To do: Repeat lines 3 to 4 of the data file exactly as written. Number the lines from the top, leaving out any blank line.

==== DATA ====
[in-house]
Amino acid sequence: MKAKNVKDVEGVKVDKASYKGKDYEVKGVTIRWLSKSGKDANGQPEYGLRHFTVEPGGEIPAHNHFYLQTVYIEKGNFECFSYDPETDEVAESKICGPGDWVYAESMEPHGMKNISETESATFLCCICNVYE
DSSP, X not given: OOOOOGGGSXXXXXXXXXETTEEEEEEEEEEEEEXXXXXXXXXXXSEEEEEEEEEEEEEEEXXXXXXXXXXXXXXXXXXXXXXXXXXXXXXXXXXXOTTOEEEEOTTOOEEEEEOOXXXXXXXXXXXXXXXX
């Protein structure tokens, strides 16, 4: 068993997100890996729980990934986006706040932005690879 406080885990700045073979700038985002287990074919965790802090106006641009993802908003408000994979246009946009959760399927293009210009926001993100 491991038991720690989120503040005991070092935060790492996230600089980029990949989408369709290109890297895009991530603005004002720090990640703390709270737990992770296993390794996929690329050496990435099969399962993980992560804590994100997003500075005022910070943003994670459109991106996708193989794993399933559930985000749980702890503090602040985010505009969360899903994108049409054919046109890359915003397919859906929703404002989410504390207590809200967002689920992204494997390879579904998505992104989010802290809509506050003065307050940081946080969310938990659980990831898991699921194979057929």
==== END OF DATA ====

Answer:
DSSP, X not given: OOOOOGGGSXXXXXXXXXETTEEEEEEEEEEEEEXXXXXXXXXXXSEEEEEEEEEEEEEEEXXXXXXXXXXXXXXXXXXXXXXXXXXXXXXXXXXXOTTOEEEEOTTOOEEEEEOOXXXXXXXXXXXXXXXX
């Protein structure tokens, strides 16, 4: 068993997100890996729980990934986006706040932005690879 406080885990700045073979700038985002287990074919965790802090106006641009993802908003408000994979246009946009959760399927293009210009926001993100 491991038991720690989120503040005991070092935060790492996230600089980029990949989408369709290109890297895009991530603005004002720090990640703390709270737990992770296993390794996929690329050496990435099969399962993980992560804590994100997003500075005022910070943003994670459109991106996708193989794993399933559930985000749980702890503090602040985010505009969360899903994108049409054919046109890359915003397919859906929703404002989410504390207590809200967002689920992204494997390879579904998505992104989010802290809509506050003065307050940081946080969310938990659980990831898991699921194979057929």